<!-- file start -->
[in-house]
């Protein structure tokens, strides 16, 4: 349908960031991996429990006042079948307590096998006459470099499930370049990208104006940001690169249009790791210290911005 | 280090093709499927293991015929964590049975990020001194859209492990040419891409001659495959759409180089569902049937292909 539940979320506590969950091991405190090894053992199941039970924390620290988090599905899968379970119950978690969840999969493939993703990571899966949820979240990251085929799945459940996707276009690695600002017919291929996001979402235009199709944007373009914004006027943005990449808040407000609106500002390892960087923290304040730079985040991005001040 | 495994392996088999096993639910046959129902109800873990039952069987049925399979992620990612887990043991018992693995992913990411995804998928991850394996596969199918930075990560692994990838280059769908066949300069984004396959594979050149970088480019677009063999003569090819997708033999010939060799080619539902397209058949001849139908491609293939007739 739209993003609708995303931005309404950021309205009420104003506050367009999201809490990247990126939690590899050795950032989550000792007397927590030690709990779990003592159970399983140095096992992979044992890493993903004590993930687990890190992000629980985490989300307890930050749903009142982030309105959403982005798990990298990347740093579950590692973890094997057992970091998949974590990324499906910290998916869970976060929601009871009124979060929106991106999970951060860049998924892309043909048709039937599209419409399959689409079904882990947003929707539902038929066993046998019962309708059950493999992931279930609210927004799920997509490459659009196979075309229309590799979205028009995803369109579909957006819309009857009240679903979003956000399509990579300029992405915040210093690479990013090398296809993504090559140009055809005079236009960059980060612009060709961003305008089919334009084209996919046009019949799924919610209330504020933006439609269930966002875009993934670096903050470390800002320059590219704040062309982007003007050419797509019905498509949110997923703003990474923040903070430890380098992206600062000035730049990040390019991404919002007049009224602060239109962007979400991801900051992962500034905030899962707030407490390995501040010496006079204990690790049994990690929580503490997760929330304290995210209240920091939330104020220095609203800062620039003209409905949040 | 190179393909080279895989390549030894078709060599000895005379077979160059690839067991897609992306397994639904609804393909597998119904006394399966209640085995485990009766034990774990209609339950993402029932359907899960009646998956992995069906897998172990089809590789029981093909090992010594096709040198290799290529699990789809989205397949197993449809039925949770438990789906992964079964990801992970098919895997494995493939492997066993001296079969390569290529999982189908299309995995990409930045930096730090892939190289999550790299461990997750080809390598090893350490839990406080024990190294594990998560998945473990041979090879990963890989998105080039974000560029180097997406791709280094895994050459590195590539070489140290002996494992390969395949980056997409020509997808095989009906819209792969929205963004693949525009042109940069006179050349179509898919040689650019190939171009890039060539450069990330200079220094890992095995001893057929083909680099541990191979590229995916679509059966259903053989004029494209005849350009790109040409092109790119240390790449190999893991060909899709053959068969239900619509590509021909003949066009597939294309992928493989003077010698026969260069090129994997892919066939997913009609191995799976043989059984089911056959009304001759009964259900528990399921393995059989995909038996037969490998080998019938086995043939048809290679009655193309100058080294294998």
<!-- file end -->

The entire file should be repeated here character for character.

[in-house]
């Protein structure tokens, strides 16, 4: 349908960031991996429990006042079948307590096998006459470099499930370049990208104006940001690169249009790791210290911005 | 280090093709499927293991015929964590049975990020001194859209492990040419891409001659495959759409180089569902049937292909 539940979320506590969950091991405190090894053992199941039970924390620290988090599905899968379970119950978690969840999969493939993703990571899966949820979240990251085929799945459940996707276009690695600002017919291929996001979402235009199709944007373009914004006027943005990449808040407000609106500002390892960087923290304040730079985040991005001040 | 495994392996088999096993639910046959129902109800873990039952069987049925399979992620990612887990043991018992693995992913990411995804998928991850394996596969199918930075990560692994990838280059769908066949300069984004396959594979050149970088480019677009063999003569090819997708033999010939060799080619539902397209058949001849139908491609293939007739 739209993003609708995303931005309404950021309205009420104003506050367009999201809490990247990126939690590899050795950032989550000792007397927590030690709990779990003592159970399983140095096992992979044992890493993903004590993930687990890190992000629980985490989300307890930050749903009142982030309105959403982005798990990298990347740093579950590692973890094997057992970091998949974590990324499906910290998916869970976060929601009871009124979060929106991106999970951060860049998924892309043909048709039937599209419409399959689409079904882990947003929707539902038929066993046998019962309708059950493999992931279930609210927004799920997509490459659009196979075309229309590799979205028009995803369109579909957006819309009857009240679903979003956000399509990579300029992405915040210093690479990013090398296809993504090559140009055809005079236009960059980060612009060709961003305008089919334009084209996919046009019949799924919610209330504020933006439609269930966002875009993934670096903050470390800002320059590219704040062309982007003007050419797509019905498509949110997923703003990474923040903070430890380098992206600062000035730049990040390019991404919002007049009224602060239109962007979400991801900051992962500034905030899962707030407490390995501040010496006079204990690790049994990690929580503490997760929330304290995210209240920091939330104020220095609203800062620039003209409905949040 | 190179393909080279895989390549030894078709060599000895005379077979160059690839067991897609992306397994639904609804393909597998119904006394399966209640085995485990009766034990774990209609339950993402029932359907899960009646998956992995069906897998172990089809590789029981093909090992010594096709040198290799290529699990789809989205397949197993449809039925949770438990789906992964079964990801992970098919895997494995493939492997066993001296079969390569290529999982189908299309995995990409930045930096730090892939190289999550790299461990997750080809390598090893350490839990406080024990190294594990998560998945473990041979090879990963890989998105080039974000560029180097997406791709280094895994050459590195590539070489140290002996494992390969395949980056997409020509997808095989009906819209792969929205963004693949525009042109940069006179050349179509898919040689650019190939171009890039060539450069990330200079220094890992095995001893057929083909680099541990191979590229995916679509059966259903053989004029494209005849350009790109040409092109790119240390790449190999893991060909899709053959068969239900619509590509021909003949066009597939294309992928493989003077010698026969260069090129994997892919066939997913009609191995799976043989059984089911056959009304001759009964259900528990399921393995059989995909038996037969490998080998019938086995043939048809290679009655193309100058080294294998």